Tuesday, April 23, 2024

Farmers’ confidence on the rise

Concerns about high interest rates, poor commodity prices and excessive red tape are weighing heavily on farmers, but rural confidence has risen from last year’s record lows, the latest Federated Farmers’ latest Farm Confidence Survey has shown.

Federated Farmers national President, Wayne Langford says there’s been a positive shift in the rural mood since 2023, when confidence reached its lowest point in the survey’s 15-year history.

“It’s good to see the first improvement in farmer confidence for quite some time now,” said Mr Langford.

“I want to be clear that it’s only a slight improvement and it’s coming off a very low base. I wouldn’t say farmers are feeling more confident yet – they’re just feeling less unconfident.

“Confidence is no longer going backwards, but it’s still in the gutter.”

The survey identified farmers’ biggest concerns right now as: debt, interest and banks; farmgate and commodity prices; regulation and compliance costs; and climate change policy and the ETS.

Langford isn’t surprised to see interest rates came out as the top concern.

“I’ve spoken to a lot of farmers who are getting work off-farm just to make ends meet. It’s exactly why Federated Farmers have been calling for an independent inquiry into rural banking.

“Farmers need to know why interest rates for rural lending have gone up so much more than for residential. That margin between rural and residential has shifted significantly and it’s left farmers feeling confused and frustrated.

“An inquiry would provide that transparency and give farmers some confidence that they’re at least getting a fair deal from their bank.”

Compared to last July, the January 2024 survey shows more farmers expect their production and spending to increase, and fewer farmers expect their debt to increase, in the 12 months ahead.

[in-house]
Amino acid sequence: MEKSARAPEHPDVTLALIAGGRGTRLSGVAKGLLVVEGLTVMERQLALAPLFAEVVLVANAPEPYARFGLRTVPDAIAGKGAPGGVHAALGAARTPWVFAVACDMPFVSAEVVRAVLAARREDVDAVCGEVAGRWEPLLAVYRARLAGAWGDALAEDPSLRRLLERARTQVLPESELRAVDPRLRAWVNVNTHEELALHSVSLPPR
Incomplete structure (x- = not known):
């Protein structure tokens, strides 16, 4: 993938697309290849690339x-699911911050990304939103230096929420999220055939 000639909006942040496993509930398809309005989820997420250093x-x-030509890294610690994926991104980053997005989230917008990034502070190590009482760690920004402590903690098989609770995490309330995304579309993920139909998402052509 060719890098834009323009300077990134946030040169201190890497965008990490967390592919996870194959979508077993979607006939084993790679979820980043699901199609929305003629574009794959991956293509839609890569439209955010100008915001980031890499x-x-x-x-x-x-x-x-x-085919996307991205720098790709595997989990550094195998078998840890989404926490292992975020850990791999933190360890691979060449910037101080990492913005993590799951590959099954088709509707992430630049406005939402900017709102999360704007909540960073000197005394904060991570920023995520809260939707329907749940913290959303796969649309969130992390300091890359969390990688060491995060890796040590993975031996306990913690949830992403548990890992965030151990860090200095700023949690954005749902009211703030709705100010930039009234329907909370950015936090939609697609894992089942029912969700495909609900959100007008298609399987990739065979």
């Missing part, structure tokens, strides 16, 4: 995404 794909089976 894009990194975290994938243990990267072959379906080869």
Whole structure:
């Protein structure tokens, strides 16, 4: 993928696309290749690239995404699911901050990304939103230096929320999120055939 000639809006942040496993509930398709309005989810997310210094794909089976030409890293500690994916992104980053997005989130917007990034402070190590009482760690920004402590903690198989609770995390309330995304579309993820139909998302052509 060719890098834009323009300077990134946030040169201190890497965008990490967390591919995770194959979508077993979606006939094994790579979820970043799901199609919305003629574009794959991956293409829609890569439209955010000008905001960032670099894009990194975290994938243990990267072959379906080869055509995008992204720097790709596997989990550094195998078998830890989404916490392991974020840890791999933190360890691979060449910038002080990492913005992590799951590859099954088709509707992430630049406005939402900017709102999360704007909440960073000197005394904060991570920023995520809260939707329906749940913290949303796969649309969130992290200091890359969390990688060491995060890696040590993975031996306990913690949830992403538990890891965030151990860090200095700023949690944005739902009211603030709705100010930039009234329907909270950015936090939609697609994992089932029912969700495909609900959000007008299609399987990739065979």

Mr Langford says there are a number of drivers behind the confidence recovery.

“Inflation is slowing, interest rates are high but have hopefully peaked, and commodity prices – at least for dairy – seem to have stabilised,” he said.

“We’ve also seen a change of Government in the last six months, with a real commitment to roll back some of the more impractical and expensive regulation that’s undermined farmer confidence.”

He’s optimistic this is the start of a genuine, steady increase in confidence.

“I think we will see confidence continue to lift in the year ahead, helped by an easing of unnecessary regulatory pressure on farmers.

“Federated Farmers is working hard with the new Government to reduce that burden, like fixing unworkable freshwater rules.

“It’s all about cutting red tape, making compliance on-farm easier, and getting our primary sector humming again.”

He encourages any farmers who may be struggling to reach out for support.

“Even though we’re talking about a slight confidence lift, it’s still extremely tough for farmers out there, so please reach out to the likes of Federated Farmers and Rural Support Trust if you need help.”

Read the January 2024 Federated Farmers Farm Confidence Survey results at fedfarm.org.nz/FarmConfidence.

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